If you prefer fixed blade broadheads, this detail does not impact your buying decision.

What’s the Difference Between Fixed Blade and Mechanical Blade Broadheads?

Broadheads are divided into two main categories — fixed blade and mechanical blade. You can find both options for crossbows and compound bows.

Everyone has individual preferences when it comes to fixed blade and mechanical blade designs as both designs provide advantages and disadvantages. I prefer the mechanical blade broadheads for hunting as they tend to fly straighter and leave bigger blood trails.

So what’s the difference? Fixed blade broadheads are the traditional choice. With a fixed blade broadhead, the blades are either attached to the ferrules or come with replaceable blades that slide into the ferrule.

Mechanical blade broadheads are designed to open on impact and stay open as the arrow passes through the animal. The expandable design results in a wider cutting diameter compared to almost every fixed blade broadhead.

With a mechanical blade broadhead, you often get greater stability and accuracy, especially with faster bows such as a crossbow. The wider cutting diameter also creates a larger wound channel and blood trail, which is useful when tracking an animal that you hit.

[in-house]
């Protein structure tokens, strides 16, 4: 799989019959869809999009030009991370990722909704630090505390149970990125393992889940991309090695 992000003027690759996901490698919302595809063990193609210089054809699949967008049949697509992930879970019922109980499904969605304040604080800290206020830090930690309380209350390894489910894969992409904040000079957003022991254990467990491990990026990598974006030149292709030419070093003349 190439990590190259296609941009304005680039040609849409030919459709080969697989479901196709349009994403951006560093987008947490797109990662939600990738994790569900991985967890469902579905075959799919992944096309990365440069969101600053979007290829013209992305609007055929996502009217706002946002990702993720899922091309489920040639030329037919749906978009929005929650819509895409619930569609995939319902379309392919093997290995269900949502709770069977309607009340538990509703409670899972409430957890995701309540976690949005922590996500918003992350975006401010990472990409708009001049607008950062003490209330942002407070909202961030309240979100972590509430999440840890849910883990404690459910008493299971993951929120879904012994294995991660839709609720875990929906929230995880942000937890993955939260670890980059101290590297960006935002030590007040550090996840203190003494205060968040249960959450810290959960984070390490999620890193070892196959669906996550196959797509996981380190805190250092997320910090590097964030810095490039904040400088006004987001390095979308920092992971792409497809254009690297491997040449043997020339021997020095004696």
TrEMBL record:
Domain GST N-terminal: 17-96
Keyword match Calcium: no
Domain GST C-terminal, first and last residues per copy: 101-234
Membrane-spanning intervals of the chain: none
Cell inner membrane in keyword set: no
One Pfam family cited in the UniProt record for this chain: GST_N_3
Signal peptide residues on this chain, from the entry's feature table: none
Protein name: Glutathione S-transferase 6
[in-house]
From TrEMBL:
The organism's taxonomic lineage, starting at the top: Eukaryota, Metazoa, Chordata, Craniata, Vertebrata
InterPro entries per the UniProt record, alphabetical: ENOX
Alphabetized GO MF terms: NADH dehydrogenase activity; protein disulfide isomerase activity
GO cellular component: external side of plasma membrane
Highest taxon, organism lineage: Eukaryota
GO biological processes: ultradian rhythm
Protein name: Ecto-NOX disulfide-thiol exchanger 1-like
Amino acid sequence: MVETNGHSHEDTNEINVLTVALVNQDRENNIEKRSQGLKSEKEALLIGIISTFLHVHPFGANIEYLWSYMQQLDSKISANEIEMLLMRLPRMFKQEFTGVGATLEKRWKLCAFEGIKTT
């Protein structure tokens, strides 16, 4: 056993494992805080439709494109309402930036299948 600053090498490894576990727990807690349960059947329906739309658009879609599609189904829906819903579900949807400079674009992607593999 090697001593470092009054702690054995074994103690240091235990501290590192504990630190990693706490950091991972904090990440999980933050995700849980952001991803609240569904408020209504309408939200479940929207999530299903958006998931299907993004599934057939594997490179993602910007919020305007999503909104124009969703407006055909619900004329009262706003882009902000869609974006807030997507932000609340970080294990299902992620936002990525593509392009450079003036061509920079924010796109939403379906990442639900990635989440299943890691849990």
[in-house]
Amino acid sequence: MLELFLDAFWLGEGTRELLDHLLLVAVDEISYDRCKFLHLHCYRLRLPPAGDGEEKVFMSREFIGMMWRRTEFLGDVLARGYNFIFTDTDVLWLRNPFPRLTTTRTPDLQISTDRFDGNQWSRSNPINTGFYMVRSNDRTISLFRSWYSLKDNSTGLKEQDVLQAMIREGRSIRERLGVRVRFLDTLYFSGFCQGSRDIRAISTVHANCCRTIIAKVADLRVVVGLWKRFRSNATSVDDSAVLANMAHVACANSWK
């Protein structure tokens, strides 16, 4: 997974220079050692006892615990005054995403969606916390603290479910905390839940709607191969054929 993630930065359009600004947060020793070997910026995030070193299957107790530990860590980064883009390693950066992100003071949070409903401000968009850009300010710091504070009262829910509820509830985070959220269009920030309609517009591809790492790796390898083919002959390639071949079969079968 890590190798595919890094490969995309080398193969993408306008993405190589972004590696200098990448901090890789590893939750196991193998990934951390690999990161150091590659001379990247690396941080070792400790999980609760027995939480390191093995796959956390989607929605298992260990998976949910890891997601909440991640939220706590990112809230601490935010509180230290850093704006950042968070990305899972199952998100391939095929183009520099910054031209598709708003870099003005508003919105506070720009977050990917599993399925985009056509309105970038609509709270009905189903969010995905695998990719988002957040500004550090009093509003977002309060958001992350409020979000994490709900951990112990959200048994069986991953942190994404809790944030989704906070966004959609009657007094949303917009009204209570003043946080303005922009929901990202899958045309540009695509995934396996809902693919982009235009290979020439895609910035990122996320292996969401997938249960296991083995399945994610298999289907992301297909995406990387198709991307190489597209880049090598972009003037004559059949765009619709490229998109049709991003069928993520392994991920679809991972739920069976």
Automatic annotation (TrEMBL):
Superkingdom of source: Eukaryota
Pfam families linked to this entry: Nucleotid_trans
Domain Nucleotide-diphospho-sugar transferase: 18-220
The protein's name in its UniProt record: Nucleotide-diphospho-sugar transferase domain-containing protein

The drawback to choosing a mechanical blade is the risk of mechanical failure. Cheap mechanical blades may become stuck and not open. They may also open mid-flight, which is why some manufacturers use tighter springs for crossbows.

Fixed blade broadheads tend to provide greater penetration. You also avoid needing to worry about mechanical failures. Unfortunately, they are not always as accurate compared to mechanical blades for long distances.

If you decide to go with a mechanical blade for a crossbow, I suggest that you search for broadheads designed specifically for crossbows. If you choose fixed blades, you may not need a “crossbow” broadhead.

Conclusion: Is There a Difference Between Crossbow Broadheads and Regular Broadheads?

The simple answer is that there is no major difference between crossbow broadheads and regular broadheads. However, some manufacturers make broadheads with features that work better for crossbows.

Manufacturers tend to add “crossbow” to the label of their heavier broadheads. For example, you may find a 100-grain broadhead intended for compound bows and crossbows. However, the same model in a 125-grain or 150-grain size is more likely to include “crossbow” on the packaging.

The other difference is the springs in the mechanical blade broadheads. With high-speed crossbows, there is a slight risk of the blades opening before impact. Some manufacturers use tighter springs to prevent this problem.

You can also find mechanical blade crossbow broadheads with slightly larger blades that capitalize on the higher velocity produced by the crossbow.

If you use fixed blade broadheads, you do not necessarily need crossbow broadheads for your crossbow. The weight of the broadhead is the main concern.

In the end, I recommend that you choose a broadhead that matches your needs, no matter if it has “crossbow” on the label. Look for the features that matter most, such as weight, blade design, and the number of blades.